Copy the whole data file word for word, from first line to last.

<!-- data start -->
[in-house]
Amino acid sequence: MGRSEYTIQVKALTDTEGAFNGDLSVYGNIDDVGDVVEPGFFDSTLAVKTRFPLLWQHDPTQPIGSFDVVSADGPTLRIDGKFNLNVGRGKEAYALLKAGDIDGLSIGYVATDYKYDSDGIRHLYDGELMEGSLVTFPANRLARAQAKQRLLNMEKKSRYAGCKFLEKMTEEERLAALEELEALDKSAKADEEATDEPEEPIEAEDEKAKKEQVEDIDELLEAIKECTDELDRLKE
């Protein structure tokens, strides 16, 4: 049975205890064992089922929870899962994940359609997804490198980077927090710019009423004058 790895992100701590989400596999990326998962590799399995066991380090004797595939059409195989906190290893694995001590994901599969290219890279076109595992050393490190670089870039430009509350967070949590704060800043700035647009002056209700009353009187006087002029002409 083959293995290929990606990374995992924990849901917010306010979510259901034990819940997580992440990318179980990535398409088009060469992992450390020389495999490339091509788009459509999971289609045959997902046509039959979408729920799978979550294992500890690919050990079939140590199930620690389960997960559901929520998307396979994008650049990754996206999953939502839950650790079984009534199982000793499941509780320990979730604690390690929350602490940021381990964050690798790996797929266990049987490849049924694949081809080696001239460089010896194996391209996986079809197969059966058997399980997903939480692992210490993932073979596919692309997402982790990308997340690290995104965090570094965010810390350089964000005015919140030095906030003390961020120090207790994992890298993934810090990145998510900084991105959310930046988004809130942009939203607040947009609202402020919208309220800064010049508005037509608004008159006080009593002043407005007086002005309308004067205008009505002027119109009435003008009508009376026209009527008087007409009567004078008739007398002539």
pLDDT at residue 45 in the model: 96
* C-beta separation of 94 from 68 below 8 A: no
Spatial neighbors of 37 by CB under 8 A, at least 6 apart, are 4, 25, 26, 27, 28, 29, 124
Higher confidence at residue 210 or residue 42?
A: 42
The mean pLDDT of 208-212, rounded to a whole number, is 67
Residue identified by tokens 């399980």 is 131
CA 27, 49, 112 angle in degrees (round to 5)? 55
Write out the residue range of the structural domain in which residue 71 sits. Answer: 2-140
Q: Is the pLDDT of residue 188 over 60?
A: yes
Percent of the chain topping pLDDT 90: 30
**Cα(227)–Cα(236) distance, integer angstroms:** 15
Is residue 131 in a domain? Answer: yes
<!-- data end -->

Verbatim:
[in-house]
Amino acid sequence: MGRSEYTIQVKALTDTEGAFNGDLSVYGNIDDVGDVVEPGFFDSTLAVKTRFPLLWQHDPTQPIGSFDVVSADGPTLRIDGKFNLNVGRGKEAYALLKAGDIDGLSIGYVATDYKYDSDGIRHLYDGELMEGSLVTFPANRLARAQAKQRLLNMEKKSRYAGCKFLEKMTEEERLAALEELEALDKSAKADEEATDEPEEPIEAEDEKAKKEQVEDIDELLEAIKECTDELDRLKE
């Protein structure tokens, strides 16, 4: 049975205890064992089922929870899962994940359609997804490198980077927090710019009423004058 790895992100701590989400596999990326998962590799399995066991380090004797595939059409195989906190290893694995001590994901599969290219890279076109595992050393490190670089870039430009509350967070949590704060800043700035647009002056209700009353009187006087002029002409 083959293995290929990606990374995992924990849901917010306010979510259901034990819940997580992440990318179980990535398409088009060469992992450390020389495999490339091509788009459509999971289609045959997902046509039959979408729920799978979550294992500890690919050990079939140590199930620690389960997960559901929520998307396979994008650049990754996206999953939502839950650790079984009534199982000793499941509780320990979730604690390690929350602490940021381990964050690798790996797929266990049987490849049924694949081809080696001239460089010896194996391209996986079809197969059966058997399980997903939480692992210490993932073979596919692309997402982790990308997340690290995104965090570094965010810390350089964000005015919140030095906030003390961020120090207790994992890298993934810090990145998510900084991105959310930046988004809130942009939203607040947009609202402020919208309220800064010049508005037509608004008159006080009593002043407005007086002005309308004067205008009505002027119109009435003008009508009376026209009527008087007409009567004078008739007398002539």
pLDDT at residue 45 in the model: 96
* C-beta separation of 94 from 68 below 8 A: no
Spatial neighbors of 37 by CB under 8 A, at least 6 apart, are 4, 25, 26, 27, 28, 29, 124
Higher confidence at residue 210 or residue 42?
A: 42
The mean pLDDT of 208-212, rounded to a whole number, is 67
Residue identified by tokens 């399980």 is 131
CA 27, 49, 112 angle in degrees (round to 5)? 55
Write out the residue range of the structural domain in which residue 71 sits. Answer: 2-140
Q: Is the pLDDT of residue 188 over 60?
A: yes
Percent of the chain topping pLDDT 90: 30
**Cα(227)–Cα(236) distance, integer angstroms:** 15
Is residue 131 in a domain? Answer: yes